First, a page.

Former civil servants give their view on the case for reformby / October 17, 2013 / Leave a comment
Published in November 2013 issue of Prospect Magazine
Caricatures from the title sequence of “Yes Minister”— Permanent Secretary Sir Humphrey Appleby (left); Minister for Administrative Affairs Jim Hacker MP (right); his Principal Private Secretary Bernard Woolley (centre) © Gerald Scarfe
John Kerr (former Permanent Under-Secretary of the Foreign and Commonwealth Office)
The distinction between policy (a matter for ministers) and delivery (the civil servant’s task) is a fallacy. The dichotomy is false. When initiatives come top down—whether by ministerial edict (the Lansley NHS revolution, universal credit), Treasury fiat (Help to Buy, rights for shares), or Number 10 soundbite (all energy tariffs to be the cheapest)—mistakes are possible. They become probable if warnings of downsides and difficulties of implementation are dismissed as disloyal. If it happens a lot, as under both Brown and Cameron, systemic consequences follow: ministers blame the civil service for failures, good civil servants vote with their feet, the relationship breaks down.
The public service ethos entails a sense of personal responsibility, to ministers but also to the public. Good policy tends to result from a synthesis of political insight and apolitical advice. No good minister wants sycophancy from civil servants—special advisors provide more than enough—what they respect is expertise, particularly on ways and means, knowledge of where the bodies are buried, and honest advice.
What good civil servants hate is not being present at the creation: getting their orders without any prior chance to affect them or exercise what they see as their responsibility, including if necessary the duty to dissent. If the outcome is one which they can’t, in good conscience, implement, of course they must change jobs or resign, but the good ones go anyway, when shut out from the policy-making process. The policy initiative which can’t stand up to searching in-house analysis isn’t fit to see the light of day; and the minister who isn’t strong enough to relish the process isn’t up to the job.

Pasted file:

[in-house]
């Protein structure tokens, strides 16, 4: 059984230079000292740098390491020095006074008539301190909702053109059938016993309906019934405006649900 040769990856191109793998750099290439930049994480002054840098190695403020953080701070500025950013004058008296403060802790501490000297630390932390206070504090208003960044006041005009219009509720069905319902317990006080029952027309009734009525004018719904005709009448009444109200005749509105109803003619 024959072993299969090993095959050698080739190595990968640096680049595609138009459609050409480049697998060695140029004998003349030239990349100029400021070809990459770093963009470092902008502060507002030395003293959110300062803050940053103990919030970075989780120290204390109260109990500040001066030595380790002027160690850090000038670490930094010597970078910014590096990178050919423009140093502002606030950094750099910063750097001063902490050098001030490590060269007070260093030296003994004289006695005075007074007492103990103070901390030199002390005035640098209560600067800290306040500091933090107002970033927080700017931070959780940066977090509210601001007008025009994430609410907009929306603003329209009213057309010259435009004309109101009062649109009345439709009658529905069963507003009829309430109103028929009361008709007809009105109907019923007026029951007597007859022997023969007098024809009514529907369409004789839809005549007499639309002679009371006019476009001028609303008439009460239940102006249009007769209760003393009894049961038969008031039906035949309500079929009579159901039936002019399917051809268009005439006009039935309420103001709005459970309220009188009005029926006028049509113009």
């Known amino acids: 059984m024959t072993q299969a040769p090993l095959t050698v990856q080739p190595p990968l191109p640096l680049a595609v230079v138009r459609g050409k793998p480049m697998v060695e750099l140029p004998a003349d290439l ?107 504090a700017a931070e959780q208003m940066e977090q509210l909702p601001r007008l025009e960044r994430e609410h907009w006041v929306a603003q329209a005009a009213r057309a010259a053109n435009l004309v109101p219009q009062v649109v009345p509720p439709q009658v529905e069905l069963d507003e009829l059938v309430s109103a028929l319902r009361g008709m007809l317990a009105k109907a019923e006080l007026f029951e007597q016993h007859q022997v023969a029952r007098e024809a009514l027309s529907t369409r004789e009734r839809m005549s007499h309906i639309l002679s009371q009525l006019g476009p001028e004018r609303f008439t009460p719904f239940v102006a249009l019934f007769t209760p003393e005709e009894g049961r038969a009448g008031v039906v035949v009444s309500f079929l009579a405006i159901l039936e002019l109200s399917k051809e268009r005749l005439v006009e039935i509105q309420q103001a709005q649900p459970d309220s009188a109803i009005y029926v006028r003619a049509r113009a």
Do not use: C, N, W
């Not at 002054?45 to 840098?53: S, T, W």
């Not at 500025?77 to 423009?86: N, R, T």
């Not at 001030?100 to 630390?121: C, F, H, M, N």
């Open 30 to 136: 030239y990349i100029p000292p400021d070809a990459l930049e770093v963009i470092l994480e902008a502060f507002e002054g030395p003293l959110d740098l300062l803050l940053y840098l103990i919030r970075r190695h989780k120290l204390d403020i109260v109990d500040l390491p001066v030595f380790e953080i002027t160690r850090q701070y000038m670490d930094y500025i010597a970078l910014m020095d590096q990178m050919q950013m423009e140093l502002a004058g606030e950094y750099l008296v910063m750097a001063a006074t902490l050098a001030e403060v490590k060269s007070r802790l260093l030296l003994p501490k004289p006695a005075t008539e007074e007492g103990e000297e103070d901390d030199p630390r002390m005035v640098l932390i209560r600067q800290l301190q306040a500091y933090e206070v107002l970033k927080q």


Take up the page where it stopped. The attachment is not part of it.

So ministers shouldn’t try to hand pick their permanent secretaries. Or bring them in from outside: the business of government can’t be picked up overnight. And ministers shouldn’t blame policy failures on defective delivery by civil servants: policy is bad if it can’t be delivered well; loyalty is two-way; and ministers are responsible for all their department’s work. Can it really be right that the West Coast rail franchise fiasco produced no ministerial casualties, only promotions?
If ministers weren’t involved at every key stage, where were they ?
Permanent secretaries need to ensure that officials spend longer in their jobs, acquiring expertise. I once headed a Treasury division that included Howard Davies and Gus O’Donnell. Ideas abounded. But the key player was our boss, a 40-year Treasury lifer, who understood systems, and could instantly spot which ideas would fly and which would not. Can it really be true that the average length of service in today’s Treasury is only four years ? I remember the VAT men trying to get their “cornish pasties” gambit into the 1983 Budget, but old Treasury hands laughed it out of court. Unlike in 2012. Without expertise, which ministers respect, “omnishambles” can result.
The apolitical career UK civil service used to be the envy of our American and French friends. The concept of a lifetime career in public service, and the continuity, honesty and independence which went with it, now needs to be rebuilt. A good start would be once again to have a full-time, career Head of the Civil Service.
Robin Butler (Cabinet Secretary under Margaret Thatcher, John Major and Tony Blair)
I do not deny the right of ministers or anyone else to criticise the civil service when it fails. Nor do I deny them the right to bring in whatever expertise they believe will help them achieve their objectives. During my time as head of the service we did a lot to open appointments and services to outside competition.
But I am convinced that the current bad mouthing of the service by ministers will not promote the improvements they and the leaders of the service want to bring about. I call two examples to mind. One is William Slim who turned defeat into victory over the Japanese in Burma not by recrimination (except against himself) but by leadership and encouragement. At the other end of the scale, Gerald Ratner, originator of the “Ratner effect,” destroyed his own business by publicly rubbishing its products.
In a recent magazine article, Peter Jones recalled the speech of Menenius Agrippa to the plebs of Rome when he persuaded them that every part of the body politic, like the human body, must work together for the whole body to flourish. Ministers should bear that in mind.